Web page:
enhancement

Scrabbling for Augmentation

By Stephen Rainey

 

Around a decade ago, Facebook users were widely playing a game called ‘Scrabulous’ with one another. It was pretty close to Scrabble, effectively, leading to a few legal issues.

Alongside Scrabulous, the popularity of Scrabble-assistance websites grew. Looking over the shoulders of work colleagues, you could often spy a Scrabulous window, as well as one for scrabblesolver.co.uk too. The strange phenomenon of easy, online Scrabulous cheating seemed pervasive for a time.

The strangeness of this can hardly be overstated. Friends would be routinely trying to pretend to one another that they were superior wordsmiths, by each deploying algorithmic anagram solvers. The ‘players’ themselves would do nothing but input data to the automatic solvers. As Charlie Brooker reported back in 2007,

“We’d rendered ourselves obsolete. It was 100% uncensored computer-on-computer action, with two meat puppets pulling the levers, fooling no one but themselves.”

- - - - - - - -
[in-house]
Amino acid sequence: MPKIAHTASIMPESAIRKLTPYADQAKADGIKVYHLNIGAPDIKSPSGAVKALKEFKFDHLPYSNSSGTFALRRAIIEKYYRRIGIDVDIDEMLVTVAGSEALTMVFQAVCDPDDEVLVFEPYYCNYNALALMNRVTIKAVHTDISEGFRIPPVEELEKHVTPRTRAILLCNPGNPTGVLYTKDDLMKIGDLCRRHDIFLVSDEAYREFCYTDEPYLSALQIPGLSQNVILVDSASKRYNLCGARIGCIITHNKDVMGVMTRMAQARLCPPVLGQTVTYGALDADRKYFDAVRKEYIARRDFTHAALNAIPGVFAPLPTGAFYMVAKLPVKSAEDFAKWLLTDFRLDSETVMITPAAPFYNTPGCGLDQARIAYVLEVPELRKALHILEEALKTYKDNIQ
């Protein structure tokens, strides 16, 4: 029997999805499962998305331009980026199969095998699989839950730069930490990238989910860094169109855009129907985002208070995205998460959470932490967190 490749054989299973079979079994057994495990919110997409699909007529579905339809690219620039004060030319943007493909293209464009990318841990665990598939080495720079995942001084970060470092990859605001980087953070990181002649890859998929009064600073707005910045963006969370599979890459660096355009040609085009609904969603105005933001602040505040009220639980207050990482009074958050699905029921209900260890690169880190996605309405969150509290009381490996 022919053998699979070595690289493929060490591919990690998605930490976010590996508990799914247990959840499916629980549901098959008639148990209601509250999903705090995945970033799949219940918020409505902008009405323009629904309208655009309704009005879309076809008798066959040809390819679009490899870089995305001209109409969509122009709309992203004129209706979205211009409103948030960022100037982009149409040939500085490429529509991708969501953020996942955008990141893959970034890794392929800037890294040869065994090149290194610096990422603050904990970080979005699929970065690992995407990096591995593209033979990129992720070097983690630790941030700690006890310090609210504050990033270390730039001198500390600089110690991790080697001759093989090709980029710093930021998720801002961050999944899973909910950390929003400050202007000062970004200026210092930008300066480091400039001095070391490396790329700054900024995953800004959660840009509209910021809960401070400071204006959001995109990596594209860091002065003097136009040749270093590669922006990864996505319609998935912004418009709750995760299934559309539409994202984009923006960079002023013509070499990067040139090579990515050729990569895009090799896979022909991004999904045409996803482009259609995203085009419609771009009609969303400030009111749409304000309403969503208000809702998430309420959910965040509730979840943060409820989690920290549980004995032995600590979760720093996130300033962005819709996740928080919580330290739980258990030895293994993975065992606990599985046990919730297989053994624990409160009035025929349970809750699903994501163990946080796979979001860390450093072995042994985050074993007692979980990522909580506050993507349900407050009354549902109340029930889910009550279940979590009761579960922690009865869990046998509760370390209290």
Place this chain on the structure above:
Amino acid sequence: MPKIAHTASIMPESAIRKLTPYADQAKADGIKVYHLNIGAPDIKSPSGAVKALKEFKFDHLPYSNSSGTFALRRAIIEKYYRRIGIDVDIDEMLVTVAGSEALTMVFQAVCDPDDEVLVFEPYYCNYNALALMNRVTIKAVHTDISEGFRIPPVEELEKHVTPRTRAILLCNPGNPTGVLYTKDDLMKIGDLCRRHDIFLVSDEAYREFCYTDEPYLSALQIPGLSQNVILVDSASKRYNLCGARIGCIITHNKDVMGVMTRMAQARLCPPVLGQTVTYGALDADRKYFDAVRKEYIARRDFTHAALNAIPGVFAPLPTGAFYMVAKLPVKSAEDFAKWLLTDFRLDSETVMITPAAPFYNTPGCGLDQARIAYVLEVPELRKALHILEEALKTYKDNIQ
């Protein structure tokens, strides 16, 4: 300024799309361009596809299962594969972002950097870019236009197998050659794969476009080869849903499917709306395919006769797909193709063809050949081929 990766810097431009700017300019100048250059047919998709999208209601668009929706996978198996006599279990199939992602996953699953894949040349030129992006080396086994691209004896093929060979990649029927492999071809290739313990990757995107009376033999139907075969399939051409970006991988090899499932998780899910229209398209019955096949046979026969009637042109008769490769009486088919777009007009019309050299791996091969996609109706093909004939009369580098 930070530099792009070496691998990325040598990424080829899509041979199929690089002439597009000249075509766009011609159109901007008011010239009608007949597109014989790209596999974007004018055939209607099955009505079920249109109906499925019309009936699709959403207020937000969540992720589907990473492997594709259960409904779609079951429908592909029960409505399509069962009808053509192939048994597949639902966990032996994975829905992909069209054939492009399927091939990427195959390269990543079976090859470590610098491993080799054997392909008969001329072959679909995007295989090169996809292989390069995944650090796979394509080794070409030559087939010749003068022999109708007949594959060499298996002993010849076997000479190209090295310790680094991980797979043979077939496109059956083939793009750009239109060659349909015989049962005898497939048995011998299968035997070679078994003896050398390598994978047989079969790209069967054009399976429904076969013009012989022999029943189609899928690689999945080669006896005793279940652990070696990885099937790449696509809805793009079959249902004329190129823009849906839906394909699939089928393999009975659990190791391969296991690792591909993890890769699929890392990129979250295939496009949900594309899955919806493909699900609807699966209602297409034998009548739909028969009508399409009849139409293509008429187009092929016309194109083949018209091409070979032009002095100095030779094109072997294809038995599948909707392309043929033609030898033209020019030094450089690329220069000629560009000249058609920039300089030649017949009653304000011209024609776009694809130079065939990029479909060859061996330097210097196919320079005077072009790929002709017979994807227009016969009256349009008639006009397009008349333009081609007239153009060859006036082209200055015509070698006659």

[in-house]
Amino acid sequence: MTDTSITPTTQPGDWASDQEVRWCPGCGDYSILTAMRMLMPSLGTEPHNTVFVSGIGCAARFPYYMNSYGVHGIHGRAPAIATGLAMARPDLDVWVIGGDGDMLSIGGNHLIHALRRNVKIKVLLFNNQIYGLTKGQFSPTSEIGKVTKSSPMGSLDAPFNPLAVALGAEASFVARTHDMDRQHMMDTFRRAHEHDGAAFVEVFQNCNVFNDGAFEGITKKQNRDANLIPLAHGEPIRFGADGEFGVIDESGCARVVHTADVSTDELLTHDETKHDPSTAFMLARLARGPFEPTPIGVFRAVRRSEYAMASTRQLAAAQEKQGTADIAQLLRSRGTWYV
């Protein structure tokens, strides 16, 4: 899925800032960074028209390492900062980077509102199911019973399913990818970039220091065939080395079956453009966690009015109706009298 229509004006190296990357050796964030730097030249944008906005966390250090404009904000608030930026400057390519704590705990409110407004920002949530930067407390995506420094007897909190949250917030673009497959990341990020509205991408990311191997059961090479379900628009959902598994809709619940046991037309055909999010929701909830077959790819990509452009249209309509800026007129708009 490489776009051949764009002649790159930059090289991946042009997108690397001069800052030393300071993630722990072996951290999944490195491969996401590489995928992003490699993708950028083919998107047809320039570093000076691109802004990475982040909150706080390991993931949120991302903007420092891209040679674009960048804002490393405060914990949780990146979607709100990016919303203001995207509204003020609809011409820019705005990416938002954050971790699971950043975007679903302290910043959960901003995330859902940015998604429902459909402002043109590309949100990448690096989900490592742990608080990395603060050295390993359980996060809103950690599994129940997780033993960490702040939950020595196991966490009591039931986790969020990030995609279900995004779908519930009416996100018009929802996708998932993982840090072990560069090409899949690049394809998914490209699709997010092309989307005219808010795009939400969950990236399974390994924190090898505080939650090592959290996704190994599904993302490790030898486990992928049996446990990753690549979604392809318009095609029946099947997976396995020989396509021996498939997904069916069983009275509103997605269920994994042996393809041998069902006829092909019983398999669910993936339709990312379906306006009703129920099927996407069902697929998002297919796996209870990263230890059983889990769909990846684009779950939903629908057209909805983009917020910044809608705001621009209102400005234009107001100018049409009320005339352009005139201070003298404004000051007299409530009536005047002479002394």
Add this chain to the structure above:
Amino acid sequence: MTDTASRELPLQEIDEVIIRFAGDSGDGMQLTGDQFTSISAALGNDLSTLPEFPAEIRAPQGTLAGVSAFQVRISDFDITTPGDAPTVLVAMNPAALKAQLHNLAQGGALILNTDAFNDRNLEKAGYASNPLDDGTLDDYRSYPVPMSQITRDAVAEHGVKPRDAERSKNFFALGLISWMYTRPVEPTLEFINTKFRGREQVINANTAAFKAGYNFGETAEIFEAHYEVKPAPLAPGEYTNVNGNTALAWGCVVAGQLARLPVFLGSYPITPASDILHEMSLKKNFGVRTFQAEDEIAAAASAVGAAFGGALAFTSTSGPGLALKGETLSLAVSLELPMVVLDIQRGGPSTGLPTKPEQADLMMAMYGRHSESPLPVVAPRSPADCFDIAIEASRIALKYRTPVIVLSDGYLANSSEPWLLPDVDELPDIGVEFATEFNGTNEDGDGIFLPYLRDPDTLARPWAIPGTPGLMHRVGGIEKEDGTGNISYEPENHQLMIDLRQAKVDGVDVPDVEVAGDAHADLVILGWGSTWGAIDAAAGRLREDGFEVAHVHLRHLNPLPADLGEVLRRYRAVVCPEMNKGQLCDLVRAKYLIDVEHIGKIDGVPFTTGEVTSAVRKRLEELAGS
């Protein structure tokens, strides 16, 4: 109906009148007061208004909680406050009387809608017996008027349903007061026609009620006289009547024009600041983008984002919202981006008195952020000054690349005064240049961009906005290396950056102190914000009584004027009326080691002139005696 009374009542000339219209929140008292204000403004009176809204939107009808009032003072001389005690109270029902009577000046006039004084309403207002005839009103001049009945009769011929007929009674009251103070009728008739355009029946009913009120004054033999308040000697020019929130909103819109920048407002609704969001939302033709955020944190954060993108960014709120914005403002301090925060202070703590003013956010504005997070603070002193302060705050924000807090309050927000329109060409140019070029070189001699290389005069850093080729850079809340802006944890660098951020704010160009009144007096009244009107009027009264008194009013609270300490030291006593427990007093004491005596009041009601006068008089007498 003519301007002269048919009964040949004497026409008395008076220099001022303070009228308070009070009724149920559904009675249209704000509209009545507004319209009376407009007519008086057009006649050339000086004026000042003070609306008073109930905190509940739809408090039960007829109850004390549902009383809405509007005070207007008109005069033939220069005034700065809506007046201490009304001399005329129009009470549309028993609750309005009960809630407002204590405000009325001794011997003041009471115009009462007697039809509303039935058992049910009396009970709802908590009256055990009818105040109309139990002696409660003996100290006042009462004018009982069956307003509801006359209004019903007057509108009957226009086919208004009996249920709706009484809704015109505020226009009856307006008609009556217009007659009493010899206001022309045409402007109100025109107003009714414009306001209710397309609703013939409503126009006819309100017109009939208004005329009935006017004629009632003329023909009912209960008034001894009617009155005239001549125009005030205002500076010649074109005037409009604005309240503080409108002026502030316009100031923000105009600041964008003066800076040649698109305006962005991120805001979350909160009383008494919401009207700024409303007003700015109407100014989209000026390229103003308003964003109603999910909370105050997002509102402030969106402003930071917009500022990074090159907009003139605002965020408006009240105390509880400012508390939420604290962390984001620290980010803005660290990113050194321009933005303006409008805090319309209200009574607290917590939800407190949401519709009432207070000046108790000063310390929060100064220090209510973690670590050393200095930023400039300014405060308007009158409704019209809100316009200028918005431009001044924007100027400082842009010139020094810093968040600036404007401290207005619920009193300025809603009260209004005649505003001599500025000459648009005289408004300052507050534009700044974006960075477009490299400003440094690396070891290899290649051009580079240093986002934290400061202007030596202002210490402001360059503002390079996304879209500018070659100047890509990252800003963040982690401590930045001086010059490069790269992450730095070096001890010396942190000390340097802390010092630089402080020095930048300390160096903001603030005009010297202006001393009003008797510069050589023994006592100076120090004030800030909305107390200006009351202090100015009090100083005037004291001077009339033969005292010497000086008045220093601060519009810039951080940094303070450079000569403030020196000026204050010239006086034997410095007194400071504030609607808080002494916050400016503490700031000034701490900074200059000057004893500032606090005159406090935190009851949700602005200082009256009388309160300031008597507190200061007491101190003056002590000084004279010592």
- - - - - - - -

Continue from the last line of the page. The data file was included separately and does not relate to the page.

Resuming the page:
Back to the present, and online Scrabble appears to have lost its sheen (or lustre, patina, or polish). But in a possible near future, I wonder if some similar issues could arise. Continue reading

Oxford Uehiro Prize in Practical Ethics: Why We Should Genetically ‘Disenhance’ Animals Used in Factory Farms

This essay was the winner in the Oxford Uehiro Prize in Practical Ethics Undergraduate Category

Written by University of Oxford student Jonathan Latimer

 I will defend the process of genetic ‘disenhancement’ of animals used for factory farming. I suggest that disenhancement will significantly increase the quality of life for animals in factory farms, and that this benefit is robust against objections that disenhancement is harmful to animals and that it fails to address the immorality of factory farming. Contra to a previous submission, I hope to recast disenhancement as something which ought to be seriously considered on behalf of animals in factory farms.